|CHARLES H. SACKETT.|
Charles H. Sackett is the
proprietor of the Sundance Garage, in which connection he is
conducting a profitable business. Ile was born in Dubuque, Iowa,
September 2, 1860, a son of Jesse and Elizabeth (Michaels)
Sackett, who were natives of Pennsylvania and in 1852 removed to
Iowa, casting in their lot with the pioneer settlers of that state.
They took up their abode upon a farm in Delaware county, where the
mother died in 1864, while the father survived for a decade, passing
away in 1874. He devoted his entire life to general agricultural
pursuits. At his death he left a family of four children, three sons
and a daughter.
Charles H. Sackett, the youngest in the family, was reared to manhood in Iowa and received only about two years' schooling—such as the country schools afforded at that period. Moreover, he had the opportunity of attending school for only about six months a year. At the age of nineteen he left home and made his way to the Black Hills, where he took up his abode in 1879. He was a messenger on the stage that made the trip from Pierre to Deadwood, serving in that way for about five years. At a later period he entered the employ of W. H. Blair, of Rapid City, South Dakota. who was a wholesale liquor dealer and with whom he remained for five years. He then removed to Sundance, Wyoming, in the spring of 1890 and established a saloon, which he continuously and successfully conducted until November 9, 1917, when he sold out and turned his attention to the automobile business. He now conducts the Sundance Garage, having a large repair department and also handling the Dodge and Hupmobile cars. He has a very wide acquaintance in Sundance and his business interests have been thoroughly, honorably and successfully conducted. In later years he has made quite large investments in real estate and from his business and property interests derives a substantial annual income.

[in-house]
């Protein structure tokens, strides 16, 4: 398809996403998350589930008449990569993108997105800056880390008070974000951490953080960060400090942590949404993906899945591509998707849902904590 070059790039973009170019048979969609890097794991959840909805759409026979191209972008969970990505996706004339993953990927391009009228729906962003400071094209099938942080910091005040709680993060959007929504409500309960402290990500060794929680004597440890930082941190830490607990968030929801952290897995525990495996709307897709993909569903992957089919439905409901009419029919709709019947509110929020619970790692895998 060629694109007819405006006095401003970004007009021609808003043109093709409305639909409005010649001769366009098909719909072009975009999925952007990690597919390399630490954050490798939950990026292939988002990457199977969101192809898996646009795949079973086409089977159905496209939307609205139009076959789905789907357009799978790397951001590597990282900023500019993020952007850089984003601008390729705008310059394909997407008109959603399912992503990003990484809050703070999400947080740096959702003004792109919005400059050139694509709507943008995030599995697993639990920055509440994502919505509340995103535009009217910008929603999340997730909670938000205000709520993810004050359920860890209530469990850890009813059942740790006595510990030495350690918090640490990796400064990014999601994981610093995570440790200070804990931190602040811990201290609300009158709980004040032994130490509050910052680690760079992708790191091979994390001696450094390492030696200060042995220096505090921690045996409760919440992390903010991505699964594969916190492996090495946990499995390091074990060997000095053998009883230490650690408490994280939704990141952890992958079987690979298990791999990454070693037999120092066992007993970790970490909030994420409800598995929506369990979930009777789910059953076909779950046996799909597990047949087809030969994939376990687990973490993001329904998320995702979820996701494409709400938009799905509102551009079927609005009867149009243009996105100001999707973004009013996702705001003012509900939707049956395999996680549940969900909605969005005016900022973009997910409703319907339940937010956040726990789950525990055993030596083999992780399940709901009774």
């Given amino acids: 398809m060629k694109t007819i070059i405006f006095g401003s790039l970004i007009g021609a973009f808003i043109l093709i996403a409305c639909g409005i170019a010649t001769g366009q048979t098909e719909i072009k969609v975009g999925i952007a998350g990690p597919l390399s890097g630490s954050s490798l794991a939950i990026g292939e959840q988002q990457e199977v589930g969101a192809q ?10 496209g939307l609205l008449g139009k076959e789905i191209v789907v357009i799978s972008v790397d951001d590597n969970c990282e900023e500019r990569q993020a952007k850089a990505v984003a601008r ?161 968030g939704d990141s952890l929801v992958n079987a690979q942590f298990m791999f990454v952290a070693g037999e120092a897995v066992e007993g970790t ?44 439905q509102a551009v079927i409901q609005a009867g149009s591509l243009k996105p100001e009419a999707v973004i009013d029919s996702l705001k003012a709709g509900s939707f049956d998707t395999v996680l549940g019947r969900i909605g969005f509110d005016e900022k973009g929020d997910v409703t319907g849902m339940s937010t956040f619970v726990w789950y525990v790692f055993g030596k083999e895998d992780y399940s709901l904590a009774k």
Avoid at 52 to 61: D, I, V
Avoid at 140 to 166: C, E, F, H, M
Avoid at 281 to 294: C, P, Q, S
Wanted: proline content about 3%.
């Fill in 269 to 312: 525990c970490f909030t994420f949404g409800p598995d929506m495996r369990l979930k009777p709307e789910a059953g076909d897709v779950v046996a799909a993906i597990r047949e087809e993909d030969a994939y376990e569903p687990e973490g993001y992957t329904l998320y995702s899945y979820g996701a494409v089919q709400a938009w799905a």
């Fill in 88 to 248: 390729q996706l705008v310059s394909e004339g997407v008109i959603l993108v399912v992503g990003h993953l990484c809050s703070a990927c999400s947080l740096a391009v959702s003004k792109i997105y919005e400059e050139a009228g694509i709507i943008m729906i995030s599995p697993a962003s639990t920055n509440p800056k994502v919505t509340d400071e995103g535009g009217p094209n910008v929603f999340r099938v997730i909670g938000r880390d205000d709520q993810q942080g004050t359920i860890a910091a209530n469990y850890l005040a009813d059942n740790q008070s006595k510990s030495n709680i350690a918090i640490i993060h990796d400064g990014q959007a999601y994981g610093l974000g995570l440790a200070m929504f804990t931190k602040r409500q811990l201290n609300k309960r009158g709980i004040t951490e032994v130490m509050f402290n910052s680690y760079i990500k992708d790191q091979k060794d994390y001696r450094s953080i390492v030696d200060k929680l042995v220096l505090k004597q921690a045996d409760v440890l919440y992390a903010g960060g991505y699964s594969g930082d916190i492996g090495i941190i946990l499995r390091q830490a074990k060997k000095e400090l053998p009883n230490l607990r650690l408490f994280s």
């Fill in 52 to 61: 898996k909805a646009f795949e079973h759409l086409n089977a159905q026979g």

On the 9th of June, 1889, at St. Cloud, Minnesota, Mr. Sackett was married to Miss Mary E. Holmes, a native of Independence, Iowa, and a daughter of a prominent farmer of that place. her parents being Martin E. and Julia (Stead) Holmes, in whose family were nine children, five sons and four daughters, Mrs. Sackett being the eighth in order of birth.
Mr. Sackett in addition to his other business interests is a stockholder and director in the Sundance State Bank. When he retired from the saloon business one of the local papers said of him: "Perhaps no name in Crook county is more familiar throughout the county and this section of the Black Hills than is that of Charley Sackett. He has been identified with the history and development of Sundance and vicinity since 1889 and will be greately missed at the old stand by the hundreds of friends whom he has greeted these many years. However, Mr. Sackett has said for several years that he desired to retire from the business. He has also been one of the few saloon men to discern and admit the certain approach of the great prohibition wave which bids fair to engulf Wyoming at no distant future. To the credit of Charley Sackett it can be said that he conducted a notoriously orderly saloon, and if his example had been emulated by all other men engaged in the liquor traffic the prohibition agitation, no doubt would have longer failed of results. His successor cannot reasonably hope for such a career. Mr. Sackett has during recent years invested quite heavily in other lines in Sun-dance, having built up a splendid garage business, and his friends are pleased to learn that he intends to remain here." Mr. Sackett is a member of the Independent Order of Odd Fellows. He joined the lodge at Dubuque, Iowa, through special dispensation of the grand lodge, as he had not attained his majority at that time, but he was coming west and wished to join the order before he left his old home. He has since been one of its faithful followers, ever loyal to its teachings.